In this same year, Cranmer effected the first great step " in the reformation of doctrine and worship” by obtaining the Royal assent to a series of Articles of Religion, and also their acceptance by Convoca. tion. These Articles were confused and contradictory in their character. Baptismal “ remission of sins," and the doctrine of penance, were retained by them; and the “real presence,” in the Popish sense, was avowed in the most positive form. The last Article was directly opposed to these errors. It declared that justification “signifies remission of sins, and our acceptance and reconciliation into the grace and favour of God; that sinners attain this justification through contrition and faith, joined with charity; that the mercy and grace of the Father, promised freely for Christ's sake, and the merit of His blood and passion, be the only sufficient and worthy causes thereof." Well does the annalist say, “ The sun of truth was now but rising, and breaking through the thick mists of that idolatry, superstition, and ignorance that had so long prevailed in this nation and the rest of the world, and was not yet advanced to his meridian brightness." There was, however, the promise of day. Clearly defined Articles of Faith are Bow strongly opposed by many, as inconsistent with the advancing light of the age, and the views of personal liberty which are being entertained. This objection wears an exceedingly suspicious aspect, and seems designed to cover any and every form of unbelief in which men may be pleased to indulge. We have only to be reminded that truth is unchangeable. If the great doctrines of Christianity are true and binding, they are so for all time. Every corporate body has the perfect right to ordain its own terms of fellowship. If men accept a position on certain recognised conditions, they are under a moral obligation to comply with those conditions, or to retire from that position. Were there but one corporate body, and all men were required to be members of it, the terms of fellowship might properly be less stringent on all points, saving those which might be regarded as essential. But where association is voluntary, as in the churches of this country, the terms of it may be distinctly defined, and positively maintained, on every principle of truth and justice. The opinions of men may change; but they should ever be prepared to accept the conBequences of such change. It is a violation of all our ideas of right that men should desire to retain, and to employ, a position, in order to destroy the very principles on which they originally accepted it. If men feel the bondage of a doctrinal creed, emancipation is always within their power. Let them retire, and sacrifice their emoluments in support of their newly-adopted opinions. If, in the case of a State-endowed church, this latitude of belief or unbelief were allowed, such a church mast inevitably degenerate into a mere institution for the maintenance of good manners; and would very ineffectually accomplish that minor object. But if the State endow a church for the preservation of a pure Christianity in the land, it has a perfect right to demand that those who accept its endowments shall seek to accomplish its object; or, in the case of refusal, quit its pale.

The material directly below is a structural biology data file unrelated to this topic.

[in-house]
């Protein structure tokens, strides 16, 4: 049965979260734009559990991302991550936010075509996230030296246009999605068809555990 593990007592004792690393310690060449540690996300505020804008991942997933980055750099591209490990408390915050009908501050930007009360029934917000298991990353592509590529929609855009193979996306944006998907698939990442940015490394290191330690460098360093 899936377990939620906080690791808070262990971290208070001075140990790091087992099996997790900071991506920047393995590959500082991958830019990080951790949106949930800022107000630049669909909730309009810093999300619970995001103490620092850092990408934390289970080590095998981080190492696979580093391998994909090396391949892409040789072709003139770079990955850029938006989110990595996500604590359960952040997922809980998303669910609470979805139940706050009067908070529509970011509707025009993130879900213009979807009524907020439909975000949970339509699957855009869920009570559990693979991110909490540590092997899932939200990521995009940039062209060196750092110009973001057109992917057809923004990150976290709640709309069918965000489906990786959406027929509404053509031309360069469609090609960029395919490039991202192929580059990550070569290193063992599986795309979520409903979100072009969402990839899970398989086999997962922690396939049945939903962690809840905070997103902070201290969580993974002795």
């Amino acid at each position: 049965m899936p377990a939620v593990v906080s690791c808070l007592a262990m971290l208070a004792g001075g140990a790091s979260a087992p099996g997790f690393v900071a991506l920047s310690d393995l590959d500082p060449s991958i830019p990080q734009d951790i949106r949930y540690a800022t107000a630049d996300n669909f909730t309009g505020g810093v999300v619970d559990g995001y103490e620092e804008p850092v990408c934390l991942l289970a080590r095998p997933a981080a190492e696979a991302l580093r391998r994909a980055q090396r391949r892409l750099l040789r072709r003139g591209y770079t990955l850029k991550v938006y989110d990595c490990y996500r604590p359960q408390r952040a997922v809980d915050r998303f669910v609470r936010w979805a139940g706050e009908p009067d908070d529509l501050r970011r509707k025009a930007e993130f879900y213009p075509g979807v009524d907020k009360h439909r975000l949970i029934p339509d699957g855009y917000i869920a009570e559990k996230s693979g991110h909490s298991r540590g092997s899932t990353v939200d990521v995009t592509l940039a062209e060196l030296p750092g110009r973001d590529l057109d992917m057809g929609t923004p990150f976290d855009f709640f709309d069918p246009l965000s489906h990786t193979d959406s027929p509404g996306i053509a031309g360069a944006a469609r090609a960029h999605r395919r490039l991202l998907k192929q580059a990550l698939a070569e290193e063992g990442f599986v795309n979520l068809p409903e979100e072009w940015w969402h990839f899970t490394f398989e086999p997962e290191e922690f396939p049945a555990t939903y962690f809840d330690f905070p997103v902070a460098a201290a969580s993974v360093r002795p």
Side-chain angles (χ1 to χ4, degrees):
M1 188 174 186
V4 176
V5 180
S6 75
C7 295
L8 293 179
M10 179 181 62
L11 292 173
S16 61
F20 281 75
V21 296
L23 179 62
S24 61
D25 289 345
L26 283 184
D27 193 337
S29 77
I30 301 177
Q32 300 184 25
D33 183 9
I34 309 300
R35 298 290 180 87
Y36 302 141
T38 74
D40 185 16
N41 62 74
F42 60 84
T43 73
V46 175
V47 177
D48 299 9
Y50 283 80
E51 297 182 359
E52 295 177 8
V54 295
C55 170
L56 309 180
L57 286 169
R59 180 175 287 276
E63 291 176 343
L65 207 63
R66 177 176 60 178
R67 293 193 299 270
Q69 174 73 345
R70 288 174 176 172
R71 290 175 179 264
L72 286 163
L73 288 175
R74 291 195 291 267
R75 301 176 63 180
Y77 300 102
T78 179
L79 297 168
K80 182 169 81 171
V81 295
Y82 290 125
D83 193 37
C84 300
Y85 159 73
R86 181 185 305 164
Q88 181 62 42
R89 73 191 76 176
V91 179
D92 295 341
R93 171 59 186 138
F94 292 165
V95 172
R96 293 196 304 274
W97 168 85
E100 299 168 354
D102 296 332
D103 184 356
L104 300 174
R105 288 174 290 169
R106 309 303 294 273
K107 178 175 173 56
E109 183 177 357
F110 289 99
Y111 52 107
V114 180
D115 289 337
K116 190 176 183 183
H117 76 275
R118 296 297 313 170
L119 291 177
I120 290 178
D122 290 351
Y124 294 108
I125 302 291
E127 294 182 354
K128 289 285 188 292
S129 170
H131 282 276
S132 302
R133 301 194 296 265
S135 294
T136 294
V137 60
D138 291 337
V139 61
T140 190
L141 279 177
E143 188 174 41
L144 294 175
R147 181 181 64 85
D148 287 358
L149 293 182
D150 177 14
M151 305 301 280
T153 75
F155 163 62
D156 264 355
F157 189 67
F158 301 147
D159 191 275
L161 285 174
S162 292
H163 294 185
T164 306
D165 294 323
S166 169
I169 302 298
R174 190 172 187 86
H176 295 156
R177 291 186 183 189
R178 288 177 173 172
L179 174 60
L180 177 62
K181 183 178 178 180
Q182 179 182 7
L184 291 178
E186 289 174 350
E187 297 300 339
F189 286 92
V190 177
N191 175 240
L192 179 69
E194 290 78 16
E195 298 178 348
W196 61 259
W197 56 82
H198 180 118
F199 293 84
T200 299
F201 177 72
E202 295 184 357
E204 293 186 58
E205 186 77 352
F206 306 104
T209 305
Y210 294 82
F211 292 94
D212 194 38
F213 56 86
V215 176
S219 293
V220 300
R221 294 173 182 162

Cranmer's Articles had reference also to the worship of the church. The superstitious observances of Popery were seen by him to be subversive of all true Christian worship, and to involve the people in gross idolatry. But the customs of ages are obstinately held by a blind and degraded people; and an interested priesthood will defend them with the utmost tenacity and resolution. It was exceedingly difficult to make an inroad upon the demoralizing ritual of the old religion. The use of images, and prayers to saints, were continued. A more successful attempt was afterwards made, when a Commission was obtained to inquire into the whole order of worship; and to furnish a popular exposition “of the Commandments, the Lord's prayer, the Creed, and the grounds of religion.” The politie Winchester, without committing himself to a positive opposition to the work, debated every point with his usual skill and resolution. The removal of abuses was slowly and painfully accomplished. The heart of honest Latimer was sickened by the obstacles which were encountered. “As for myself,” he says, “I can nothing else but pray God, that when it is done, it may be well and sufficiently done, so that we shall not need to have any more such doings; for verily, for my part, I had lever be poor parson of poor Kynton again, than to continue thus Bishop of Worcester; not